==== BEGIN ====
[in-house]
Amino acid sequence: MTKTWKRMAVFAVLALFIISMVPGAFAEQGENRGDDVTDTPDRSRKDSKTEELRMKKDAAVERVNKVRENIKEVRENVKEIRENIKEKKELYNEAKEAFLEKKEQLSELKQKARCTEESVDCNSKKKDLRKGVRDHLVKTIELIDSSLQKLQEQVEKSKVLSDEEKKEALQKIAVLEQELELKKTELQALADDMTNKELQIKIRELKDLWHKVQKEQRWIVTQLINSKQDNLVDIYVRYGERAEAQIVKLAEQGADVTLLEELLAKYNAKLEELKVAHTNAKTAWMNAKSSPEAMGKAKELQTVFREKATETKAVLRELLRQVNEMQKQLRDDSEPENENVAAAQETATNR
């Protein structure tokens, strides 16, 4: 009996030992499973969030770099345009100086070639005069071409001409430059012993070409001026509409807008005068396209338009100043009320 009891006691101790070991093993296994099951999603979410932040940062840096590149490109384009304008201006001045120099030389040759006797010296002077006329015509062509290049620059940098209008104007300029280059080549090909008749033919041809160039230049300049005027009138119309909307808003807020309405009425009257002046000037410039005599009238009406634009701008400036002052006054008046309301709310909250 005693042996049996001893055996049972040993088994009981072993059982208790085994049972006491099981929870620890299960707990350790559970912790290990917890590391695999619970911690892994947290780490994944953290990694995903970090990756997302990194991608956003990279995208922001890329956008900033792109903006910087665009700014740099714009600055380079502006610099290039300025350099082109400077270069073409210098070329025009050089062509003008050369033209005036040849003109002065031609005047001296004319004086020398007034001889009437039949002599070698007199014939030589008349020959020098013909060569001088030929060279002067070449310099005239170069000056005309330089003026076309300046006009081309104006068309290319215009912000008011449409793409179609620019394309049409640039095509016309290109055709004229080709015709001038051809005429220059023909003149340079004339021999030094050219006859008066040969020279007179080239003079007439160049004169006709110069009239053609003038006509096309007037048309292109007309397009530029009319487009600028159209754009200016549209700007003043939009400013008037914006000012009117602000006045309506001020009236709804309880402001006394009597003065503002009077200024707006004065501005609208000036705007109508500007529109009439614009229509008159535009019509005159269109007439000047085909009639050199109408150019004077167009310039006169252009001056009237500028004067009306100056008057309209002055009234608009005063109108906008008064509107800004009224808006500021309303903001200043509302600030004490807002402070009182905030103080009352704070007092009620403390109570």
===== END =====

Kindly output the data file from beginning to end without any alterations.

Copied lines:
[in-house]
Amino acid sequence: MTKTWKRMAVFAVLALFIISMVPGAFAEQGENRGDDVTDTPDRSRKDSKTEELRMKKDAAVERVNKVRENIKEVRENVKEIRENIKEKKELYNEAKEAFLEKKEQLSELKQKARCTEESVDCNSKKKDLRKGVRDHLVKTIELIDSSLQKLQEQVEKSKVLSDEEKKEALQKIAVLEQELELKKTELQALADDMTNKELQIKIRELKDLWHKVQKEQRWIVTQLINSKQDNLVDIYVRYGERAEAQIVKLAEQGADVTLLEELLAKYNAKLEELKVAHTNAKTAWMNAKSSPEAMGKAKELQTVFREKATETKAVLRELLRQVNEMQKQLRDDSEPENENVAAAQETATNR
């Protein structure tokens, strides 16, 4: 009996030992499973969030770099345009100086070639005069071409001409430059012993070409001026509409807008005068396209338009100043009320 009891006691101790070991093993296994099951999603979410932040940062840096590149490109384009304008201006001045120099030389040759006797010296002077006329015509062509290049620059940098209008104007300029280059080549090909008749033919041809160039230049300049005027009138119309909307808003807020309405009425009257002046000037410039005599009238009406634009701008400036002052006054008046309301709310909250 005693042996049996001893055996049972040993088994009981072993059982208790085994049972006491099981929870620890299960707990350790559970912790290990917890590391695999619970911690892994947290780490994944953290990694995903970090990756997302990194991608956003990279995208922001890329956008900033792109903006910087665009700014740099714009600055380079502006610099290039300025350099082109400077270069073409210098070329025009050089062509003008050369033209005036040849003109002065031609005047001296004319004086020398007034001889009437039949002599070698007199014939030589008349020959020098013909060569001088030929060279002067070449310099005239170069000056005309330089003026076309300046006009081309104006068309290319215009912000008011449409793409179609620019394309049409640039095509016309290109055709004229080709015709001038051809005429220059023909003149340079004339021999030094050219006859008066040969020279007179080239003079007439160049004169006709110069009239053609003038006509096309007037048309292109007309397009530029009319487009600028159209754009200016549209700007003043939009400013008037914006000012009117602000006045309506001020009236709804309880402001006394009597003065503002009077200024707006004065501005609208000036705007109508500007529109009439614009229509008159535009019509005159269109007439000047085909009639050199109408150019004077167009310039006169252009001056009237500028004067009306100056008057309209002055009234608009005063109108906008008064509107800004009224808006500021309303903001200043509302600030004490807002402070009182905030103080009352704070007092009620403390109570």